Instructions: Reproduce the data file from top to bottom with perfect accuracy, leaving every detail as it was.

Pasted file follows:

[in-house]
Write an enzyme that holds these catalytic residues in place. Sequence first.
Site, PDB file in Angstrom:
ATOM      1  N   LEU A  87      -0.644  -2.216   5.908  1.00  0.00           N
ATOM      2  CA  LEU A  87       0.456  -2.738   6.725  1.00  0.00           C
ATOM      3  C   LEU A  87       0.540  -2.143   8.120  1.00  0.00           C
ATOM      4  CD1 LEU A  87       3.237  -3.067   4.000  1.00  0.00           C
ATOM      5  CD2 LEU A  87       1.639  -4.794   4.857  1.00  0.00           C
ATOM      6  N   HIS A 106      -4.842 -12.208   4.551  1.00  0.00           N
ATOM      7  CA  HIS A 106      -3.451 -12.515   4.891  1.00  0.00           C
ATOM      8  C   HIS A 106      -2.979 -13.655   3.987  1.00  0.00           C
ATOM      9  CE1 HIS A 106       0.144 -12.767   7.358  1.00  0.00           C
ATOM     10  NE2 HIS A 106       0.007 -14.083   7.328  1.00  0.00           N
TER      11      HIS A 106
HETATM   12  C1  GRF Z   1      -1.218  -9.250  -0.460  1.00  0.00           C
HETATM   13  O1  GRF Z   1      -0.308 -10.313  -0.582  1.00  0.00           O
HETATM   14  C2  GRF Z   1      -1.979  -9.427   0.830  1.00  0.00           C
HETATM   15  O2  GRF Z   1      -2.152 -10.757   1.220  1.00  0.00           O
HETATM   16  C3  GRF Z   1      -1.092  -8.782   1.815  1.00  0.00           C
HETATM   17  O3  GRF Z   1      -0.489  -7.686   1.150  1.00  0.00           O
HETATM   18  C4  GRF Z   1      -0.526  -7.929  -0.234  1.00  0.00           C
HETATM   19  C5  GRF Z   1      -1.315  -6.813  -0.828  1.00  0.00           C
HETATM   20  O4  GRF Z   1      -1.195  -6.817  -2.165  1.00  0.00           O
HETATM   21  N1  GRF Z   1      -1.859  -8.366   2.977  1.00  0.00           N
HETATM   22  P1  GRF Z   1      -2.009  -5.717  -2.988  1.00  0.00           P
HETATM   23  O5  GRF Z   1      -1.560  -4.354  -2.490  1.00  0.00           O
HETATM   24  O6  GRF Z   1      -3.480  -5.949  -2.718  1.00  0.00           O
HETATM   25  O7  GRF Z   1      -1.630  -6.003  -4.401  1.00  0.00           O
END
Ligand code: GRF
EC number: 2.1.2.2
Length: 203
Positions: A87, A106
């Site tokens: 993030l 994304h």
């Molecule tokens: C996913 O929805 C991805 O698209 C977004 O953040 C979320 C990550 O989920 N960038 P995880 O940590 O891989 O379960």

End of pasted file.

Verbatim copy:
[in-house]
Write an enzyme that holds these catalytic residues in place. Sequence first.
Site, PDB file in Angstrom:
ATOM      1  N   LEU A  87      -0.644  -2.216   5.908  1.00  0.00           N
ATOM      2  CA  LEU A  87       0.456  -2.738   6.725  1.00  0.00           C
ATOM      3  C   LEU A  87       0.540  -2.143   8.120  1.00  0.00           C
ATOM      4  CD1 LEU A  87       3.237  -3.067   4.000  1.00  0.00           C
ATOM      5  CD2 LEU A  87       1.639  -4.794   4.857  1.00  0.00           C
ATOM      6  N   HIS A 106      -4.842 -12.208   4.551  1.00  0.00           N
ATOM      7  CA  HIS A 106      -3.451 -12.515   4.891  1.00  0.00           C
ATOM      8  C   HIS A 106      -2.979 -13.655   3.987  1.00  0.00           C
ATOM      9  CE1 HIS A 106       0.144 -12.767   7.358  1.00  0.00           C
ATOM     10  NE2 HIS A 106       0.007 -14.083   7.328  1.00  0.00           N
TER      11      HIS A 106
HETATM   12  C1  GRF Z   1      -1.218  -9.250  -0.460  1.00  0.00           C
HETATM   13  O1  GRF Z   1      -0.308 -10.313  -0.582  1.00  0.00           O
HETATM   14  C2  GRF Z   1      -1.979  -9.427   0.830  1.00  0.00           C
HETATM   15  O2  GRF Z   1      -2.152 -10.757   1.220  1.00  0.00           O
HETATM   16  C3  GRF Z   1      -1.092  -8.782   1.815  1.00  0.00           C
HETATM   17  O3  GRF Z   1      -0.489  -7.686   1.150  1.00  0.00           O
HETATM   18  C4  GRF Z   1      -0.526  -7.929  -0.234  1.00  0.00           C
HETATM   19  C5  GRF Z   1      -1.315  -6.813  -0.828  1.00  0.00           C
HETATM   20  O4  GRF Z   1      -1.195  -6.817  -2.165  1.00  0.00           O
HETATM   21  N1  GRF Z   1      -1.859  -8.366   2.977  1.00  0.00           N
HETATM   22  P1  GRF Z   1      -2.009  -5.717  -2.988  1.00  0.00           P
HETATM   23  O5  GRF Z   1      -1.560  -4.354  -2.490  1.00  0.00           O
HETATM   24  O6  GRF Z   1      -3.480  -5.949  -2.718  1.00  0.00           O
HETATM   25  O7  GRF Z   1      -1.630  -6.003  -4.401  1.00  0.00           O
END
Ligand code: GRF
EC number: 2.1.2.2
Length: 203
Positions: A87, A106
């Site tokens: 993030l 994304h």
């Molecule tokens: C996913 O929805 C991805 O698209 C977004 O953040 C979320 C990550 O989920 N960038 P995880 O940590 O891989 O379960």